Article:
Yep, the goats are hanging on the gate, Gwen is standing at the gate into the milk parlor and here I am still inside writing. No work today so I’m taking my time getting out there.
The week at MM was pretty much uneventful. I am enjoying working with the new prep person. She’s my age and very experienced. It was nice to not have to do all the work by myself and to have company. Unfortunately, I still have to work alone Tuesday and Wednesday. I guess that’s better than working with someone other than the new person. I worked with one of the young guys on Wednesday and it was miserable. I can’t stand watching them goofing off at every opportunity they get.
Wally’s work was not quite so uneventful. His job is going to change dramatically starting May 16. His hours are going to change and his salary is going to be cut. This is all because the company he works for is switching to more of a manufacturing plant virtually eliminating shipping which is what Wally was doing. I know how hard it was for me to switch from my cushy job as a paralegal to that of a prep cook, I know it’s going to be hard for Wally to switch from a job he’s been doing about as long to something completely different. He’s taking it well, but as he said, it is what it is and there isn’t a damned thing either one of us can do about it right now.
The plan is to go down to the local horse show this evening and run Rosie in barrels and poles. I may not ride her, it all depends on how I feel this evening. I’m feeling much better, but I’m still pretty sore and not sleeping well. It is my right side that was injured and I normally sleep on my right side. I wake up very sore. Tomorrow we are taking Sudi to a woman that is working towards her Parelli certification. She has to volunteer these hours so it will be at no monetary cost to us. I’m bringing her farm products as a barter. The other day, I spoke the guy we bought Sudi from (Jesse) and asked him if he’d take Sudi back for 30 days for re-training. Wally was all for this idea and Jesse was willing to take him back, but I decided to keep him here. Granted, Jesse can ride the snot out of Sudi and he might come back a little easier to handle, but it’s about my relationship with Sudi, not riding the snot out of him.
I finished reading the book, The Dirty Life, a few weeks ago. It was a good read and I can see why it fascinated so many people, but geez, I wish Wally and I had it as easy as they did when they started out. They leased (free I think) a 500 acre farm with a house, barn, outbuildings, etc. This was also a full-time job for both of them. I think about living the dirty life every time we get a new customer coming out for farm products. In particular, I felt it when a guy drove out here from Charlotte to get four gallons of milk for his wife’s dogs. I would have liked if if they both came out to see the farm, etc., but instead he came alone. I guess she was too busy to be bothered and heck, it was just like sending her husband to the grocery store, no? He was a city boy born and raised and I know the manure, mud, animals, bugs, etc. turned him off. I felt dirty after he left.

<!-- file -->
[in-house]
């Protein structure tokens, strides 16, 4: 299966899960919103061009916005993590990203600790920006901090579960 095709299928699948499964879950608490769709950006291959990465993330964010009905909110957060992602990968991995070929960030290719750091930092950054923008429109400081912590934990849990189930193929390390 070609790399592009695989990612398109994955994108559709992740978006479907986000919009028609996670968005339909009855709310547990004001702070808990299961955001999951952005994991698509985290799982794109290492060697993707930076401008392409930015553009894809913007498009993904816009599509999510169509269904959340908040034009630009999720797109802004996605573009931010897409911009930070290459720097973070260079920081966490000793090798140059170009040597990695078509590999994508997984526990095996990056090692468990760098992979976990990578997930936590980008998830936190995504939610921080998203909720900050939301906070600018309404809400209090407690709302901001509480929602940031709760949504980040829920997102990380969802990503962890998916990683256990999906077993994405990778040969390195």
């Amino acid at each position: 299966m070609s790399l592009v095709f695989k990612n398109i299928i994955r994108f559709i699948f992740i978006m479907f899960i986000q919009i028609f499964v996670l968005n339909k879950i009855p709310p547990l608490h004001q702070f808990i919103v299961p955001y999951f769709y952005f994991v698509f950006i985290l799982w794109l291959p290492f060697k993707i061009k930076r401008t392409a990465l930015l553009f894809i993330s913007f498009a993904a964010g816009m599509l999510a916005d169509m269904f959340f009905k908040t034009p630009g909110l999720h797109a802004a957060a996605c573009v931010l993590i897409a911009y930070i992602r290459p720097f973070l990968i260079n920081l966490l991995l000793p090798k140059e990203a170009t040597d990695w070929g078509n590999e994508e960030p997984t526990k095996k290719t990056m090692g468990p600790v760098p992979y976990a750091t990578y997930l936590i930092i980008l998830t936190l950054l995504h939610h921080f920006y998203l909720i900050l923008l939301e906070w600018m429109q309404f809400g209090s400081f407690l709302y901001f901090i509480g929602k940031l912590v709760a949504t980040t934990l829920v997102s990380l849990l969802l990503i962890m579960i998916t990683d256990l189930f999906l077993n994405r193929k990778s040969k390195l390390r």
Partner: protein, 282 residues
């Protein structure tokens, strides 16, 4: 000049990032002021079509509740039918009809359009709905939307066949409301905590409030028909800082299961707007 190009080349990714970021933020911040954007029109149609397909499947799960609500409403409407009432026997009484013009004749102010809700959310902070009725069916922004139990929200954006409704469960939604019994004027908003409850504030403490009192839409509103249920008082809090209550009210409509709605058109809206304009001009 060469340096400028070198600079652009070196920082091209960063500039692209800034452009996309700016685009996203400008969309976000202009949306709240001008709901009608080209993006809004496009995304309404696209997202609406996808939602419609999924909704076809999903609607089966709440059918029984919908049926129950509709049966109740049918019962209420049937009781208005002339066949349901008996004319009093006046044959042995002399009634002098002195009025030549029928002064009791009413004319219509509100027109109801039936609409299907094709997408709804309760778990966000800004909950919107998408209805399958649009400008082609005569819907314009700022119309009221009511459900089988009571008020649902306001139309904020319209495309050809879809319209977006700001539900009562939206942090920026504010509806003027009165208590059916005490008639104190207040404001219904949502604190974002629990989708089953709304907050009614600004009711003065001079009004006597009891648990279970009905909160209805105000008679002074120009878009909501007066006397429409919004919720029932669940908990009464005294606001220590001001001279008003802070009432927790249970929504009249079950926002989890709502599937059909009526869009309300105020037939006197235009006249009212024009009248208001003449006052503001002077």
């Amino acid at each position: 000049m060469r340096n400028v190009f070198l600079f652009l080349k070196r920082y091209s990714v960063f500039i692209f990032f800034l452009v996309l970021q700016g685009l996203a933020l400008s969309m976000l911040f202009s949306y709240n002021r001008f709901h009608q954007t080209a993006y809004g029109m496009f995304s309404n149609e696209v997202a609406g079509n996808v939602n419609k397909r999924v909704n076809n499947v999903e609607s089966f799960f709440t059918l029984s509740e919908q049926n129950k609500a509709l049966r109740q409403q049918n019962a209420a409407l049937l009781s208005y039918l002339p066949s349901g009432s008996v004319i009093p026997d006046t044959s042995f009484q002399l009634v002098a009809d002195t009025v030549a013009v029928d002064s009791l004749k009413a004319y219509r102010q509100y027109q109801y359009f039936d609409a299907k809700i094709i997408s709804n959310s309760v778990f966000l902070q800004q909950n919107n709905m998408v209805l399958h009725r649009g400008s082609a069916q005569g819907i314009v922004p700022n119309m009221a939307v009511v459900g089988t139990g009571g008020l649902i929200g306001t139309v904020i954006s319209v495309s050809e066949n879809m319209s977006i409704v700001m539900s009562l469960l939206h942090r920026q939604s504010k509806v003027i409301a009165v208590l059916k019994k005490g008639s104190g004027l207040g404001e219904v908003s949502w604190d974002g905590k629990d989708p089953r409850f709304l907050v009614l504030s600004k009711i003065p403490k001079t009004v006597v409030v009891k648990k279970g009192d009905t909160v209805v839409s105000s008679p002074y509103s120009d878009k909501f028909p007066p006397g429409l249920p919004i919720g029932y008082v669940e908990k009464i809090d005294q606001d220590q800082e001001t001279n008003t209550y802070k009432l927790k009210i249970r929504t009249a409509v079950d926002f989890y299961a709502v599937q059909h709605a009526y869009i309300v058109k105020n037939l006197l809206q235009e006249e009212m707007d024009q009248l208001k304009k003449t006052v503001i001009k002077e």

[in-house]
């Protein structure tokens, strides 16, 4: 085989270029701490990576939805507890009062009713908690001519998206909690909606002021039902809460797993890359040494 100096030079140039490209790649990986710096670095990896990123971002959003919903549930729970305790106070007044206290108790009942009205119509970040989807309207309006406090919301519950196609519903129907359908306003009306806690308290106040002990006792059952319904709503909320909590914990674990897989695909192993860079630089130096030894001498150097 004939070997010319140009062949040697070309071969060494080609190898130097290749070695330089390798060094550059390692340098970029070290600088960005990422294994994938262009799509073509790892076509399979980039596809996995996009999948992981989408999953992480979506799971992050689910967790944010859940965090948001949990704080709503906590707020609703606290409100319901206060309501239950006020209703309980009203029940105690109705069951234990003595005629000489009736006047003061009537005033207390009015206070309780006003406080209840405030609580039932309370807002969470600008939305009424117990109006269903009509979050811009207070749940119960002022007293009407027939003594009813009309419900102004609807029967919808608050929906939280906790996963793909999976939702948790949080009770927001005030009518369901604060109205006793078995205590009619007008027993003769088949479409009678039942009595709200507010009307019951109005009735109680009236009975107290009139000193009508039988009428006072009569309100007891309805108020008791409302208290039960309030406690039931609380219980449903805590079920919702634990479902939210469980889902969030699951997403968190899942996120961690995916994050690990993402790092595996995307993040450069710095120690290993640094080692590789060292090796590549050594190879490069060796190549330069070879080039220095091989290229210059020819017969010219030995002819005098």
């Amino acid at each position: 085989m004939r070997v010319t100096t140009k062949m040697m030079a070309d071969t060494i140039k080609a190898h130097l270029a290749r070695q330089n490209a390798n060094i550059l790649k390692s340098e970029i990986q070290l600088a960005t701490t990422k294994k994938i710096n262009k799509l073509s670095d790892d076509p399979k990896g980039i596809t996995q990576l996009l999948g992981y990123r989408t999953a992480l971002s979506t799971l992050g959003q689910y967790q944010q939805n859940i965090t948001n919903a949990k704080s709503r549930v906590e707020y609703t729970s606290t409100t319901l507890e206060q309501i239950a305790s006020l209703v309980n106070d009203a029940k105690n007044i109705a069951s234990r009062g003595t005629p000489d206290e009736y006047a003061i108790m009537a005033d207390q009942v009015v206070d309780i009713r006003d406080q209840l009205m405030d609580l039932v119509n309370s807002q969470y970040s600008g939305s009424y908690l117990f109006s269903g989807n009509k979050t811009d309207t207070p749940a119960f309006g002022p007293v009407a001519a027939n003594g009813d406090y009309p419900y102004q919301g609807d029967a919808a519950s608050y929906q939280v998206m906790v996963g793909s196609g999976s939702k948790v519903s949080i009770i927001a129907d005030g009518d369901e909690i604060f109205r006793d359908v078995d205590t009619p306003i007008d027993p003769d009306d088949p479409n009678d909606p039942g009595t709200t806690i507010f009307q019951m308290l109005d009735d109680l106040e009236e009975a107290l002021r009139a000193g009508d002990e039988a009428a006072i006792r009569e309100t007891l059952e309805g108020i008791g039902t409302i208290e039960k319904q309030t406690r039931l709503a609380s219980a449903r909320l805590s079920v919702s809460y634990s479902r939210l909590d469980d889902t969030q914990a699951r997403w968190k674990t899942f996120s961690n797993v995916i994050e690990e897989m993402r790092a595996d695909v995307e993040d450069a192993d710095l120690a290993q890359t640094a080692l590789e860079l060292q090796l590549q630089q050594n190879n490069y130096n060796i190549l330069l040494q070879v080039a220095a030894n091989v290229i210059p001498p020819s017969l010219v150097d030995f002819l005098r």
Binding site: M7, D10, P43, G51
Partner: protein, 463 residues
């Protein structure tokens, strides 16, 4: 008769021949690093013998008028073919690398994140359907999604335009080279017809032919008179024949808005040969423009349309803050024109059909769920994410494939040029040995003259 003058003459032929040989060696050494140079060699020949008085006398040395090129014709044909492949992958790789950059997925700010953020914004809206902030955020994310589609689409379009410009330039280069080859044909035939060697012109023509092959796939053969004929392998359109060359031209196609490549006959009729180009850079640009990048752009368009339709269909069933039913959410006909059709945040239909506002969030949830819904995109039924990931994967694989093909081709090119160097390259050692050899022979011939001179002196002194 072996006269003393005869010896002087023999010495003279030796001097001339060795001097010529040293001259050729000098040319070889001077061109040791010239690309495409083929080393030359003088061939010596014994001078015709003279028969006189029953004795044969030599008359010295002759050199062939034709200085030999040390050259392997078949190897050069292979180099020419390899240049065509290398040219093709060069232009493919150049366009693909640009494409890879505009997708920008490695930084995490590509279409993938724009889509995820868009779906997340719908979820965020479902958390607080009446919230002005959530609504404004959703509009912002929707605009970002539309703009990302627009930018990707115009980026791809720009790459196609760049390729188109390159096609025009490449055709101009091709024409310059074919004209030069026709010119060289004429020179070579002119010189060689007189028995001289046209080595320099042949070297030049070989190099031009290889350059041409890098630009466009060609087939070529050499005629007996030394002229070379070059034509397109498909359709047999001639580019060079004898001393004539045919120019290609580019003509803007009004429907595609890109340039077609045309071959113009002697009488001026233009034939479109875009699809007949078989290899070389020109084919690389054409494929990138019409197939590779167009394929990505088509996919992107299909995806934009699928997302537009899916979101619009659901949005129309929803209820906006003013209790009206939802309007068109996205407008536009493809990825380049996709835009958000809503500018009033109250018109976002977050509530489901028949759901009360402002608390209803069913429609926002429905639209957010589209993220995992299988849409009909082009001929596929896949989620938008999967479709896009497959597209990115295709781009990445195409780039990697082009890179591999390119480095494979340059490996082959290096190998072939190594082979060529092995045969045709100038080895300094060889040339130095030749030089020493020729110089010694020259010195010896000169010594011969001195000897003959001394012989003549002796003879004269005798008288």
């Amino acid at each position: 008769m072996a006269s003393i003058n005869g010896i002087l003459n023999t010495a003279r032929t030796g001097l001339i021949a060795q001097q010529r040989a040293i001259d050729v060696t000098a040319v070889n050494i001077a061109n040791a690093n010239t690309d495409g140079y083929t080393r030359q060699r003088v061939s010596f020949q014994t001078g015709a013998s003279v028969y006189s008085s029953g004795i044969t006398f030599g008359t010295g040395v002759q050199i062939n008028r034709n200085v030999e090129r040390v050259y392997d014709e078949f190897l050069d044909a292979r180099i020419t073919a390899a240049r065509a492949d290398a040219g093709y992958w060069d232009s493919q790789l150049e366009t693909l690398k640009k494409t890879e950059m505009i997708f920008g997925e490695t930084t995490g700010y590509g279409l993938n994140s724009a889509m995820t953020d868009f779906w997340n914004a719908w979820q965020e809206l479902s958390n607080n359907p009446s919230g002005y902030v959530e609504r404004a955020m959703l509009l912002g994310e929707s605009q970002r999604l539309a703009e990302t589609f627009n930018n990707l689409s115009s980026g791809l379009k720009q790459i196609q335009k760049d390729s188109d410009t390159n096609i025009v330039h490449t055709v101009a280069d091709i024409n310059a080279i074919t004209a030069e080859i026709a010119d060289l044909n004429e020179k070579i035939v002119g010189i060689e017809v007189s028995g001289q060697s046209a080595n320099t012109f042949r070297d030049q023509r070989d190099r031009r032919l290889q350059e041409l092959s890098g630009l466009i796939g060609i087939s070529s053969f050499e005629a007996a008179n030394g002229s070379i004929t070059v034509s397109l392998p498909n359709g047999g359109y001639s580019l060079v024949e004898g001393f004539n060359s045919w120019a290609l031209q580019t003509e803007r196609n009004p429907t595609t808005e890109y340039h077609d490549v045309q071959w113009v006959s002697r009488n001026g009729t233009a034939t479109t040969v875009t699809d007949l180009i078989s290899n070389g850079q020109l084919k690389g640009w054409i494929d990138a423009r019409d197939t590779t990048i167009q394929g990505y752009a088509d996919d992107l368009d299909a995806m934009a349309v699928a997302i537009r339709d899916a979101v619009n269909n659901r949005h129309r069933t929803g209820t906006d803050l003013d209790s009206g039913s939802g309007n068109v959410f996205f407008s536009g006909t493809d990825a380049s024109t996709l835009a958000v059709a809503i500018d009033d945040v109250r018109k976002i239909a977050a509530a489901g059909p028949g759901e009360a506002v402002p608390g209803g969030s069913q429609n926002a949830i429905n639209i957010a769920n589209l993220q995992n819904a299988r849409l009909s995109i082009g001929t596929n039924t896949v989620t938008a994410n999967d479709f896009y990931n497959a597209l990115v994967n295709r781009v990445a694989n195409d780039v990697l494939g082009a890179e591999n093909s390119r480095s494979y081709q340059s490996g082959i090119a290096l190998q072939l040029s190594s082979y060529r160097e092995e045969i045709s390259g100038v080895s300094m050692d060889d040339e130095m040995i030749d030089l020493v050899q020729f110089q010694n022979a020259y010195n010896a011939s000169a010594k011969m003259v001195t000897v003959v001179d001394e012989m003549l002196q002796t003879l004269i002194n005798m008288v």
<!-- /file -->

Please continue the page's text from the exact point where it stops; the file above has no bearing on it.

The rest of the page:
It’s sort of nice when people come out with their children because to see how excited they are about seeing the animals is fun. Last night, a couple came out from the Charlotte area. I didn’t know what to expect from them and when they pulled into the yard driving a Lexus SUV I got concerned. I was pleasantly surprised with how they took the farm. They were both vegetarians because they did not want to support conventional animal rearing practices. They were very happy to see how humanely all of the animals are treated here. The animals all took to them as well, even the goat kids who are normally standoffish towards humans (simply because we don’t handle them) came up to them. Sudi was very interested in being around them as well. While I still felt dirty when they left, it was not an uncomfortable feeling like I felt with the guy from Charlotte.
In the book, Holy Shit: Managing Manure to Save Mankind, there is a chapter entitled: Of Manure and Milk. The author states that if you are a lover of dairy products, you need to accept that milk and manure go together like love and marriage. That’s true. I think that whenever I have to step over a cow pile that Gwen left, usually at a very inopportune place like in front of a gate. Wally hates stepping over her cow piles and I think she knows that and often leaves one right by his truck. I tell him to give it time, it won’t be there in a few hours because the chickens spread it out and once that happens, it dries out. I think that whenever a goat doesn’t empty herself before she gets on the milk stand and leaves a pile of goat poo on the stand or in the milk parlor. To most people, however, manure is a nasty thing that should not be seen or smelled. Tell that to the people who are now selling manure of all kind.
I don’t know, I think of what’s going on in the World right now and it scares the crap out of me. I think Wally and I are on the right track, I just hope we can keep up with it. Dirty or not, we’ll have food to eat.
The goal today is to get the house cleaned. It is a disgusting mess. Tomorrow’s goal is to get the garden weeded and to transplant all of the volunteer plants that have come up in the dirt that we took from the pig enclosure. It will be fun to see what kinds of vegetables we get from these volunteers. I didn’t need to buy any plants this year for all that came up.
I best get out and milk the beasts.
Until later …